The folks who live on Capitol Hill are not only getting the pleasure of added stadium parking, they're helping to pay for it. The city's new widely spaced pay to park meters have been installed in areas where parking used to be free after the business day but now charge up to midnight. The signage is awful and even the meter attendants don't seem to be sure what the rules are. Among those being hurt: businesses that rely on neighborhood clients after the evening rush.

Robin Diener of Save DC Libraries tells what's happening on the local library scene

Chris Johnson, Blade - The prospect of local gay couples marrying in California and returning to the District is not enough to convince Mayor Adrian Fenty to release a secret memo drafted for the previous mayor that reportedly details whether or not the city should recognize gay unions. Acting D.C. Attorney General Peter Nickles told the Blade that he has advised Fenty not to release the memo. "I've advised him that the Spagnoletti memo is outdated and that it ought not to be released," he said. . . Former D.C. Attorney General Robert Spagnoletti, who is gay, drafted the opinion under the administration of former D.C. Mayor Anthony Williams, who refused to release the memo. Fenty, while campaigning for mayor, promised to make the opinion public immediately upon taking office, but has yet to release the document. Anonymous sources have told the Blade the opinion states same-sex marriages would be recognized under D.C. law. Domestic partnerships are legal in the District.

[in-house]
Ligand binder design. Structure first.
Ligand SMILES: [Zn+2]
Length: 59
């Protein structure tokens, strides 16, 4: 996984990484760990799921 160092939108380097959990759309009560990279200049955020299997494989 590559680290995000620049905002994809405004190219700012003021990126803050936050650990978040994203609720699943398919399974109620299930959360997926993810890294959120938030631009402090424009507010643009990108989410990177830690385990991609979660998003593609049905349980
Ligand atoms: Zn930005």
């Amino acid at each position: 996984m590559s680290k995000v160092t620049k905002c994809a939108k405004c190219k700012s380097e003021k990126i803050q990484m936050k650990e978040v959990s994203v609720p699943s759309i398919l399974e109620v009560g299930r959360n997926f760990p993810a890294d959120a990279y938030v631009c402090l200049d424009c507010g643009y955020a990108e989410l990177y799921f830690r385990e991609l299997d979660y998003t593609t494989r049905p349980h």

Mike Debonis, City Paper Ward 6 Councilmember Tommy Wells. . . has long been one of the District's strongest opponents of charters, dating back to his stint on the Board of Education. He believes that these schools, which now number 55 in the District and serve more than 22,000 students, are poorly monitored and provide an uneven education to their own students while at the same time siphoning resources from the public schools. . . If the city essentially adopts seven Catholic schools as charters, it'll have to find $14 million in funding in the fiscal 2009 budget. "What do we do?" asks Wells. "Do we defund $14 million worth of D.C. Public Schools in order to do it? Where does that $14 million come from?. . . They're going to have to cut some service in District government in order to fund these private schools."

Ed Delaney, DC Watch If we're going by the estimates of the DC government, the [Nationals] should be drawing 38,000 this year but is in fact only drawing 29,151 per game over the first two months in its new ballpark. . . That figure is not only well below city government estimates, but ranks the city's attendance average seventeenth out of MLB's thirty teams, a worrisome sign for the team, since the lean months of August and September are yet to come and the team is not likely to be in the pennant race. Moreover, it stands to reason that many season ticket buyers who bought plans at the ballpark due to unknown demand and the potential for Redskins-like sellouts at a new ballpark, might now realize with the ballpark drawing under 75 percent capacity even during its honeymoon period that good seats figure to be available for the foreseeable future. Thus, the team could see a number of plans being downsized or given up entirely, as occurred after the inaugural season at RFK Stadium.